Nick Carusillo died when he was hit by multiple vehicles on a Georgia interstate, just days after he was abruptly discharged from an addiction treatment center. Now his parents hope a substantial jury verdict in their favor will prompt change that helps others suffering from mental illness and substance abuse.
Carusillo died on Sept. 22, 2017, and his parents filed a wrongful death lawsuit in 2019 against the facility that released him and several people who were responsible for his care there. A jury just outside Atlanta awarded them a total of about $77 million last week — $10 million for their son’s pain and suffering, $55 million for the value of his life, $1 million in punitive damages and the remainder for attorneys’ fees and expenses.
“This verdict, for us, is validation,” Tina Carusillo told The Associated Press in a phone interview Wednesday.
“It wasn’t his fault. He was caught up in a bad system,” she said. “I’m hopeful that the size of this verdict makes a lot of people pay attention, from insurance companies to facilities to parents to loved ones to people seeking treatment.”
Lawyers for the facility that released Carusillo — Metro Atlanta Recovery Residences, or MARR — did not immediately respond Wednesday to an email seeking comment on the verdict and whether they plan to appeal.
Carusillo struggled with substance abuse from the time he was a teenager growing up in North Carolina. He began to show signs of bipolar disorder in his late teens, and his diagnosis was confirmed by the time he was 20, his father said. He was 29 years old and had been in and out of treatment facilities when he was admitted to MARR on Aug. 29, 2017.
He was managing his bipolar disorder with a combination of lithium and Seroquel and was medically stable when he arrived there, his family’s lawyers said in a court filing. A week later, on Sept. 5, 2017, a doctor at MARR took him off lithium, despite having been warned by Carusillo’s family and longtime therapist that he should remain on his medications, the filing says.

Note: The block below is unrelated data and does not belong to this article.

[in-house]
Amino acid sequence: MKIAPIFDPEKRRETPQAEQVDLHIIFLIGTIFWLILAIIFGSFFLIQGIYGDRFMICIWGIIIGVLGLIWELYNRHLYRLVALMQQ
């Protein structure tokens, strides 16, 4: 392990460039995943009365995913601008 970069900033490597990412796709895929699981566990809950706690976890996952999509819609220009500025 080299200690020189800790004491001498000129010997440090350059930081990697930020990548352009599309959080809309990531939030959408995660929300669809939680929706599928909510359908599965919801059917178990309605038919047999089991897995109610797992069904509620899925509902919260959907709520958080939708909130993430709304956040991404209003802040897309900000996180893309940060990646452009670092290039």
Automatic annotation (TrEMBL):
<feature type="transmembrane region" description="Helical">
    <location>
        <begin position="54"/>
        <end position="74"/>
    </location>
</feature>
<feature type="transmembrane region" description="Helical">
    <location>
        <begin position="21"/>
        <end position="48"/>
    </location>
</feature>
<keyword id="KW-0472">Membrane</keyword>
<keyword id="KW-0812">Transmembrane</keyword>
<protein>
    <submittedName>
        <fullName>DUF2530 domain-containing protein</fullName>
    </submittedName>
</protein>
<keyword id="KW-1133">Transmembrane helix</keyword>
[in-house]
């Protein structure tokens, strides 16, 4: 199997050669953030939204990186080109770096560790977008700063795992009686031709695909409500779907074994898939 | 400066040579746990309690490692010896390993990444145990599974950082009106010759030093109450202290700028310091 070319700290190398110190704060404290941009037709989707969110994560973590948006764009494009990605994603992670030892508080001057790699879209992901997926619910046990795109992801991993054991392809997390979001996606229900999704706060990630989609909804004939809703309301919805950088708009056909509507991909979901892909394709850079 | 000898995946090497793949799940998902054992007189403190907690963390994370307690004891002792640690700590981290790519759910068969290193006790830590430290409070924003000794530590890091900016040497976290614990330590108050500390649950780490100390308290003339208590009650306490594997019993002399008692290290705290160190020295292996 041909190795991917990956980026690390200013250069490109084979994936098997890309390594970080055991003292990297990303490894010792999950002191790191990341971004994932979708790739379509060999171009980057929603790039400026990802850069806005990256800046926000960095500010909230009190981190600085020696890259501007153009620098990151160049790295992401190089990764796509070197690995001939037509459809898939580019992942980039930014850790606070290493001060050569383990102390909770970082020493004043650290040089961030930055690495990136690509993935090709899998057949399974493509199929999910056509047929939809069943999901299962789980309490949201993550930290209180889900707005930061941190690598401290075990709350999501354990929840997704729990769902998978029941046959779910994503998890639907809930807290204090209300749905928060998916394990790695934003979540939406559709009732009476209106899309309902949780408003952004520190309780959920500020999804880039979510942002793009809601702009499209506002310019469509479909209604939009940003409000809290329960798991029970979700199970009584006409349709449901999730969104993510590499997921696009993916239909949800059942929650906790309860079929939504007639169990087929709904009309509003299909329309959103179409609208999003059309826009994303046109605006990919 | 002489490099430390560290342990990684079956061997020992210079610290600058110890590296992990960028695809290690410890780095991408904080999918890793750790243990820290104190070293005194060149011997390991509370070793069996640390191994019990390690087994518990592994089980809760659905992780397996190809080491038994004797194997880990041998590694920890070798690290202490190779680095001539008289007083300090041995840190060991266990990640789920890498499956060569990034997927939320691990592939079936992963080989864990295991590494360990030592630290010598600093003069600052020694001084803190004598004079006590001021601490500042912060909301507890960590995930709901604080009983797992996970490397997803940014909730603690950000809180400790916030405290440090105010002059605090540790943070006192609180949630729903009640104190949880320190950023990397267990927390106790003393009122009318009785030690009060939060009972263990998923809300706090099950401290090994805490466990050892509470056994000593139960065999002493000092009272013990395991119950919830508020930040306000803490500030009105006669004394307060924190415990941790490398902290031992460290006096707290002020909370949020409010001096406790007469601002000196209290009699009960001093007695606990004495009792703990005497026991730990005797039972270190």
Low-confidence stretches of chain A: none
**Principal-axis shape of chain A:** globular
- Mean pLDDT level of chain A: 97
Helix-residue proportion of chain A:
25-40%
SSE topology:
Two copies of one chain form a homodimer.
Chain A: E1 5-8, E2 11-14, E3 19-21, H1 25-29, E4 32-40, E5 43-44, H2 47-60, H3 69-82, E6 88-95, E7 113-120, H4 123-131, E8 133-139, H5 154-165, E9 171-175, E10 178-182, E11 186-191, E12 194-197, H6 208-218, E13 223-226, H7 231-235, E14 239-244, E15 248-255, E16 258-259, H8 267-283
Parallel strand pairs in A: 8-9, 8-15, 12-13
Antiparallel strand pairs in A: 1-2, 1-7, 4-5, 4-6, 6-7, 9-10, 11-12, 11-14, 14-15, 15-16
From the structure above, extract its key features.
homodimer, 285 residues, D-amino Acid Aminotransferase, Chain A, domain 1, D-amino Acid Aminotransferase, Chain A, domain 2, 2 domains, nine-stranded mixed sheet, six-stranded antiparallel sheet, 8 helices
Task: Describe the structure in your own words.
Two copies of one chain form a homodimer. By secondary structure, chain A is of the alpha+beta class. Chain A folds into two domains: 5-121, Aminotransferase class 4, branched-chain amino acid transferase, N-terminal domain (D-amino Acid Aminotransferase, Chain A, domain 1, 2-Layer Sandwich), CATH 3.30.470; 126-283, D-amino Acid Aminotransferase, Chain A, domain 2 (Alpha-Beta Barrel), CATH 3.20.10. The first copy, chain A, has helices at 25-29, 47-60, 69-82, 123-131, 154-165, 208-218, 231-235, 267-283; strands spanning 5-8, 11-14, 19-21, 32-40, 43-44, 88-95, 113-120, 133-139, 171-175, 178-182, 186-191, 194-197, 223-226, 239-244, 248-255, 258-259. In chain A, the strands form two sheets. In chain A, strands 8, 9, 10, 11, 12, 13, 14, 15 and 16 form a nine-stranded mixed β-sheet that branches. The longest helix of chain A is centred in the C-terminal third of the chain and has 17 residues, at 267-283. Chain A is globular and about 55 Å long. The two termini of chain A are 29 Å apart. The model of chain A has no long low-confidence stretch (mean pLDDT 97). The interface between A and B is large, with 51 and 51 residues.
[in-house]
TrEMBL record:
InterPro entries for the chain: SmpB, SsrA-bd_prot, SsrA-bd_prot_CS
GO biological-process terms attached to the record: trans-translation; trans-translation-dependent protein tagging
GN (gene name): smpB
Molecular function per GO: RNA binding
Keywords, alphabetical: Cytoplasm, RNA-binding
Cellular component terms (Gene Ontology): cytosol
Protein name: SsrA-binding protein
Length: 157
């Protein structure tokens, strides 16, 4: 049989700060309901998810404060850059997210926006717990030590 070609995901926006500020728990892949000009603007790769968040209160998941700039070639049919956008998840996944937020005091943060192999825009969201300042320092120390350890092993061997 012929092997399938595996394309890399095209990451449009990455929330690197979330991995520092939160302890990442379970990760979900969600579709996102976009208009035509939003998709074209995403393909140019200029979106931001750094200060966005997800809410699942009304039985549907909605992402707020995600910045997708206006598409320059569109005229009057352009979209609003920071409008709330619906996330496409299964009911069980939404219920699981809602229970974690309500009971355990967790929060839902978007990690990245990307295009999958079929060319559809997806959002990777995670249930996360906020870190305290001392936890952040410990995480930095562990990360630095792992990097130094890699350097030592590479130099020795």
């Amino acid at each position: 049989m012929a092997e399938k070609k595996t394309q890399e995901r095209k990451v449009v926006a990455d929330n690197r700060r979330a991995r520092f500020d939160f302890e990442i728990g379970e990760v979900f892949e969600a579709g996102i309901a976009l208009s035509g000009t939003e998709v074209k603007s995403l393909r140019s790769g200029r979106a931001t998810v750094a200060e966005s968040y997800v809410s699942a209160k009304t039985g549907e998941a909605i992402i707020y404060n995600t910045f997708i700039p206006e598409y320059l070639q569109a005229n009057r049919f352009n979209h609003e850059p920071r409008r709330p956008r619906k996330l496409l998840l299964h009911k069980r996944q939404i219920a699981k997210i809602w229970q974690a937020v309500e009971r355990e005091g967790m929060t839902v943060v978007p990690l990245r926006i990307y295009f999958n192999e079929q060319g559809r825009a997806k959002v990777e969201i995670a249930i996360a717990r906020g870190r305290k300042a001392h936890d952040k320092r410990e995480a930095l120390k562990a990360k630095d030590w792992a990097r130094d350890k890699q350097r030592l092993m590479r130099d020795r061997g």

Carusillo’s condition deteriorated and he was forced to leave the facility two weeks later, on Sept. 19, 2017, after staff said he had a cellphone, which wasn’t allowed.
MARR released him to a sober living residence but failed to tell the owner about Carusillo’s mental health issues, the filing says. Carusillo left the sober living house early the next morning in violation of curfew and was discharged that day. The owner of the sober living house dropped him off an an Alcoholics Anonymous meeting.
His whereabouts were unknown until he lay down naked on Interstate 85 outside of Atlanta and was hit by several vehicles early on Sept. 22, 2017, according to a statement from lawyers Natalie Woodward and Dax Lopez, who represent his family. He had no illegal drugs or alcohol in his system.
Lawyers for MARR wrote in a court filing that a doctor discontinued Carusillo’s lithium treatment after he complained of side effects. Carusillo knowingly violated multiple rules at the facility and had been told that he would be discharged for any further violation, they wrote. The next morning, facility staff discovered he had a cellphone. During a phone conference with facility staff and his parents, Carusillo refused to go to a more intensive treatment facility and only agreed to go to a sober living house, the filing says.
Mike Carusillo said he hopes his son’s death and the large jury verdict help prompt legislation to ensure proper staffing and guidelines at treatment facilities. The Carusillos have been open about discussing their son’s struggles in hopes of publicizing available resources and reducing the stigma attached to mental illness, Tina Carusillo said.
She described her son _ who had his own son who was 5 when his father died _ as a beautiful, funny, bright, generous person. He was a talented athlete and had been the kicker on his high school football team.
“I have to say, he was probably the best hugger that I ever knew, and I really, really miss that,” Tina Carusillo said. “He was a generous, kind soul and we miss him.”
Photo: Nick Carusillo with his mom and sister. (Mike Carusillo via AP)
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